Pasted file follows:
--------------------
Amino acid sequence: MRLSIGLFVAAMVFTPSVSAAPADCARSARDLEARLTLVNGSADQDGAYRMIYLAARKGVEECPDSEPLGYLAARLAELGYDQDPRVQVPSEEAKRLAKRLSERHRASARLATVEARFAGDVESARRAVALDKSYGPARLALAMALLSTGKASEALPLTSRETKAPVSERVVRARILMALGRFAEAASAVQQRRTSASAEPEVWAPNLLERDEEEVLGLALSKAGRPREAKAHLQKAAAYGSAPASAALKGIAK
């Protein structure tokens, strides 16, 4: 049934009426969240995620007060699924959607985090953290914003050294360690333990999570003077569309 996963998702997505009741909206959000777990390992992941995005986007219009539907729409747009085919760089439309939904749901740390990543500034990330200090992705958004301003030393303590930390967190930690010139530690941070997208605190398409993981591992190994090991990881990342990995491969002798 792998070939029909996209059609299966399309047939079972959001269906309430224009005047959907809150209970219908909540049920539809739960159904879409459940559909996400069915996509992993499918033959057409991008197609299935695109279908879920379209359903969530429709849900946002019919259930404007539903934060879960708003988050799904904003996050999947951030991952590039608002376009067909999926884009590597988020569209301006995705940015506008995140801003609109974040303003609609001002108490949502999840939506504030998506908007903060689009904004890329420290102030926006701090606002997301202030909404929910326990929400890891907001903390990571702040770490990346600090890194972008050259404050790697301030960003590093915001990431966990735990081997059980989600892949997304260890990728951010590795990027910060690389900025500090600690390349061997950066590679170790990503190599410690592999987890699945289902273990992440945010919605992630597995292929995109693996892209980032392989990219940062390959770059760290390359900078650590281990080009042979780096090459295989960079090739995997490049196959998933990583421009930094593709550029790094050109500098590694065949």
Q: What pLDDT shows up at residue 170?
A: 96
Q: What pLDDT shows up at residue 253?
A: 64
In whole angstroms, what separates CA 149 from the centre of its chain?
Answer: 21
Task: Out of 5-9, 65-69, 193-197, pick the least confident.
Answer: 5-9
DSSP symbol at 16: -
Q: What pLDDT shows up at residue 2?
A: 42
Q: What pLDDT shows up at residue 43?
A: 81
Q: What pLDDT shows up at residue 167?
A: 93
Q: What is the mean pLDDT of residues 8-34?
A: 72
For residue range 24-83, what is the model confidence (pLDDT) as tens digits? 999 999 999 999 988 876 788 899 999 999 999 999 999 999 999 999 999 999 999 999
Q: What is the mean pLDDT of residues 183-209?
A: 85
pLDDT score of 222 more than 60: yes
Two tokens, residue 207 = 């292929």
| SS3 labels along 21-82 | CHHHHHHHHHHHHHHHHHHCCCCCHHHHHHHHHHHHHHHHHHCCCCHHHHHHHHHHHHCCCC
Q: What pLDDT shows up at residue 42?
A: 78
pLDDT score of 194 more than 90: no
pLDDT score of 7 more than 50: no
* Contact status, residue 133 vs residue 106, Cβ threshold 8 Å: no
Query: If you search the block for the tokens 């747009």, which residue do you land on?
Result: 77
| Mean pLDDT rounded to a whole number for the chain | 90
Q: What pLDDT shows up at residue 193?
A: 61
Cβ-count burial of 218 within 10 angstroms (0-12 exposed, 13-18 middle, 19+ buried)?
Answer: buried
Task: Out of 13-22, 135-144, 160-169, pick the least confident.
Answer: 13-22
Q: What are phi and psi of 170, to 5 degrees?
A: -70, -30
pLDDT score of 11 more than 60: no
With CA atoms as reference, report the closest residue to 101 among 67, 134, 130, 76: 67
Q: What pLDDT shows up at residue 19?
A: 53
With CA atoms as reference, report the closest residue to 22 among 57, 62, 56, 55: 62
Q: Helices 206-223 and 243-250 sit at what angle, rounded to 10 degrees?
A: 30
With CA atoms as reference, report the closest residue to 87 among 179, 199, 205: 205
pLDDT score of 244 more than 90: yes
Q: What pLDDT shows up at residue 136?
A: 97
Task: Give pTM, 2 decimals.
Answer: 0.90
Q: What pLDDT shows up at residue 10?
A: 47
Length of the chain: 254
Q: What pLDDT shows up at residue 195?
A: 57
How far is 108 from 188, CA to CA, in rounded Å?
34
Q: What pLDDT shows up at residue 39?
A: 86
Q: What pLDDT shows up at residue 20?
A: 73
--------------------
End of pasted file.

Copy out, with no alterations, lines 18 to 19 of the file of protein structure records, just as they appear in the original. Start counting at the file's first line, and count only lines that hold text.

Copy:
Q: What is the mean pLDDT of residues 8-34?
A: 72